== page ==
New Student Edition - The Michigan Daily - Wednedsday, September 5, 2001-9D
DAILY ARTS MEETS HOLLYWOOD
stays true to himself
Courtesy of New Market
W Pantoliano stars with Guy Pearce In "Memento."
in, on Hollywood life
By Christopher Cousino
Spoiler note: this interview reveals
crucial information about the plot
and characters of "Memento."
Joe Pantoliano. A veteran charac-
ter actor with more than 20 years in
the business and 70 films to his
credit. Born and raised in Hoboken,
NJ. A member on the board of direc-
tors of the Screen Actors Guild.
Francis Fratelli in "Goonies." Cypher
*1'he Matrix." And he's not fond
of the Academy Awards.
"It', all bullshit. It's all politics.
It's like watching the fucking senate.
And they're not entertaining," Panto-
liano said. "You know what, come
up, tell me the fucking guy who won,
girl who won, have 'em make their
speech because that's why I watch. I
want to see what their reaction is. I
't wanna see the fucking Rock-
es doing a scene from "Godfather
Laughing aside, Pantoliano's latest
film "Memento," in which he plays
the strange confidant Teddy, already
has a large amount of buzz surround-
ing it (the film was a hit at this year's
Sundance Film Festival). "That's
when everyone started getting confi-
dence again," Pantoliano said. "Then
t ereviews started coming out and
'drybody just breathed a sigh of
Since the middle of March,
"Memento" has played to sell out
crowds in New York and Los Ange-
les. "This movie's already been suc-
ces~fyl," Pantoliano said, as
"Memento" cost relatively little to
make (it's budget was about $5 mil-
lion). "Everybody made sacrifices.
N actors worked for less, produc-
didn't take fees or took very little
fee. We all worked for less."
Working on a cheap budget, the
entire production dealt with a quick
shooting schedule. "25 days. 24 days
and "one pick-up day," Pantoliano
said. 'I think we had like four days
of rehearsal. We didn't have a lot of
time and we knew that if we didn't
get it, we wouldn't get it. If we didn't
get our day, we weren't coming back
t tit tomorrow."
ethe end, the time constraints
mayihave added to "Memento"'s
lively feel. "Filmmaking is really
more of a pragmatic experience and I
think sometimes when you have less,
you get more done than when you
have more," Pantoliano said. "I think
people get spoiled by money."
The power of money is a concern
for Pantoliano as an actor and an
artist. "It's so stupid. When com-
merce controls art, you're in a lot of
fucking trouble. I feel like we're in a
lot of trouble," Pantoliano said. "I'm
tired of all these action flicks and
chick flicks, catering to the lowest
denominator. For me, it's encourag-
ing when movies like 'Traffic' and
'Requiem for a Dream,' that these
movies are breakout movies that get
a large audience because then the
morons financing these movies
(action, chick flicks) start thinking,
'Well, we should start making more
movies like this."'
As cynical as he might sound
toward many of the blockbuster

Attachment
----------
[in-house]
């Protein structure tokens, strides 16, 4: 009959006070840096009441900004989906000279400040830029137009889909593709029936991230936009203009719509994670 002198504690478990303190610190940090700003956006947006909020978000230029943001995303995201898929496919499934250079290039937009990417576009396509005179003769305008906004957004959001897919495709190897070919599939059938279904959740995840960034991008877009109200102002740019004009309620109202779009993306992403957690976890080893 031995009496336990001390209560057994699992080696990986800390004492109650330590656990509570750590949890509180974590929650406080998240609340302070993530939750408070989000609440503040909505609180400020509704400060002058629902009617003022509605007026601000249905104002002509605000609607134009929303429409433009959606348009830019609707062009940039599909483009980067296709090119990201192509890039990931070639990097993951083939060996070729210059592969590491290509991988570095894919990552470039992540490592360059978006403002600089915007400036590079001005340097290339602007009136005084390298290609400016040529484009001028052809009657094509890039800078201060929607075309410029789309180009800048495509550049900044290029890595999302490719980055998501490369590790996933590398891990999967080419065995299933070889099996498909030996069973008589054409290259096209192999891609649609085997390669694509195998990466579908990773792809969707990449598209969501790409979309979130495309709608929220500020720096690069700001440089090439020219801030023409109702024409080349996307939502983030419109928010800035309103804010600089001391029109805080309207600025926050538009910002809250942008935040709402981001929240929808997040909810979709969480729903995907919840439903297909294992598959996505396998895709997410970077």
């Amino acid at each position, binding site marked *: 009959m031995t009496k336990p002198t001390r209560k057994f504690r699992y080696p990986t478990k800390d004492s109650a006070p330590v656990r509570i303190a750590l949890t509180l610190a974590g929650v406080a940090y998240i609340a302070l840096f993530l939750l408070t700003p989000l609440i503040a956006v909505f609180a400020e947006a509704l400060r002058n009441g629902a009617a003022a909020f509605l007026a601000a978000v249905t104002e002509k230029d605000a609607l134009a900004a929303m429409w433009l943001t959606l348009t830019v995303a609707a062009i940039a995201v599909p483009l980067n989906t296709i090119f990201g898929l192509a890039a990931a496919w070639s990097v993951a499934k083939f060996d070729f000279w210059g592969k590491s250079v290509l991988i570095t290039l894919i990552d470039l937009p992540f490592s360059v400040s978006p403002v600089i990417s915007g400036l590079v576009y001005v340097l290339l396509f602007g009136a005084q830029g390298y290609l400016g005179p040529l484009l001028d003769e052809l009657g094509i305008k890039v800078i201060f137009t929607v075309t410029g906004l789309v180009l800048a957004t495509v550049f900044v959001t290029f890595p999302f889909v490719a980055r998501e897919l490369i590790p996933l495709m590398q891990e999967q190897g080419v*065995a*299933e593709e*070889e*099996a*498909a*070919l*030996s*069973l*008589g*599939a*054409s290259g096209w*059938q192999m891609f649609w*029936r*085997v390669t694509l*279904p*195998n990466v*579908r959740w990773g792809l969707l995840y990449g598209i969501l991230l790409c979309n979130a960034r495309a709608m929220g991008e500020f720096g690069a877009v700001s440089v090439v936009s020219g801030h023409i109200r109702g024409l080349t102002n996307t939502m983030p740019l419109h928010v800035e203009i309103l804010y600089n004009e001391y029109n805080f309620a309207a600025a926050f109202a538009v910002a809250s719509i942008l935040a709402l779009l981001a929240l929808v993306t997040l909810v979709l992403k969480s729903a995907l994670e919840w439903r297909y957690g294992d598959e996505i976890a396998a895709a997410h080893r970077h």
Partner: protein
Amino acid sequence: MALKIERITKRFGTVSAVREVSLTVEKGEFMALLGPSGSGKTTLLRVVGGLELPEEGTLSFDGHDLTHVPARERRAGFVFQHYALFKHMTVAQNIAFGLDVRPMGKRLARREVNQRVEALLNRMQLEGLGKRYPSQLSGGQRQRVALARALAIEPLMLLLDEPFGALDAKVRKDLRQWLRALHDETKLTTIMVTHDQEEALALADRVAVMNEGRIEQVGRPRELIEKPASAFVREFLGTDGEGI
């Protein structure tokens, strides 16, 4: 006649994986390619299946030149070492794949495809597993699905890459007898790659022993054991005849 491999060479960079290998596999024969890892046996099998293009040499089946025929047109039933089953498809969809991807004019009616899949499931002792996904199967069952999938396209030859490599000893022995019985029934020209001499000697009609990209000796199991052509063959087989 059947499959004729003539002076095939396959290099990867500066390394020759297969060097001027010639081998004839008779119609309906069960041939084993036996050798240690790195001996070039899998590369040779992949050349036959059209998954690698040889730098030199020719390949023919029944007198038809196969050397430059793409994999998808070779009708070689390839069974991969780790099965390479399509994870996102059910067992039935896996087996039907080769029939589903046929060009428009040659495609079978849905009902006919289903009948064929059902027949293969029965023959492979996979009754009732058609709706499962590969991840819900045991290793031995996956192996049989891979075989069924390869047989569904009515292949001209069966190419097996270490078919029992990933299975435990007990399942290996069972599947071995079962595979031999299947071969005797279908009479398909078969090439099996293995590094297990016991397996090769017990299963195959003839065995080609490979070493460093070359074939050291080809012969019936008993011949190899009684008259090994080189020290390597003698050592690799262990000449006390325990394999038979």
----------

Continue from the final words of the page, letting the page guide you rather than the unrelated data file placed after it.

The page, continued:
films, Pantoliano still holds a posi-
tive view toward some of the Holly-
wood mainstream (though he won't
be coming back in "The Matrix"
sequels. "They decided I was dead,"
"There's some really fantastic
commercial films I like. I think
there's room out there for high con-
cept movies, like "Crouching Tiger,
Hidden Dragon," like "The Matrix,"
"The Fugitive," "Air Force One,"
Pantoliano said. "The movies I
object to are these mindless "Exit
Wounds," "Lethal Weapon 4,"
"American Pie 9," anything with that
- what's his name - Freddie Prinze
is in. If it's a Freddie Prinze movie,
you just tell your kid 'No,' they can't
A film like "Memento, " however,
is a treat for Pantoliano. "'Memento'
is the kind of movie I like to go see
and the kind of movie I dream of
being in," Pantoliano said. Director
Christopher Nolan cast Pantoliano
on a recommendation from "Matrix"
co-star Carrie Anne Moss.
"He said, 'That's an interesting
idea, but I think the audience will
think he's the bad guy right away.'
And then he met me and we liked
each other and he told my agent
that," Pantoliano said. "He [Nolan]
said, 'I think the audience will think
that, because of the kind of parts
Joey's played most of the time.' And
then my agent said, 'Well, that's the
reason why you need to hire him.
Because he's not the bad guy. You
need them to think that he is.' And
Chris realized he was right. Lucky
By Christopher Cousino
Daily Arts Writer
"I keep adding jobs," laughed direc-
tor Robert Rodriguez with the dubi-
ous giggle of an 8-year-old. "See they
even forget what I do."
He's talking about the omission in
the press release of his credit as editor
of "Spy Kids,"his latest action packed
adventure aimed at children.
Rodriguez also wrote, directed, shot
and produced the film. "I'm also the
effects supervisor and the sound
mixer," Rodriguez said.
Without a hint of arrogance or Hol-
lywood egotism, the shaggy haired
Rodriguez is still the same curious,
enthusiastic filmmaker he described
in "Rebel Without a Crew," an autobi-
ographical journal about the making
of his $7,000 Sundance-winning
action film "El Mariachi." The differ-
ence now is that he knows a whole lot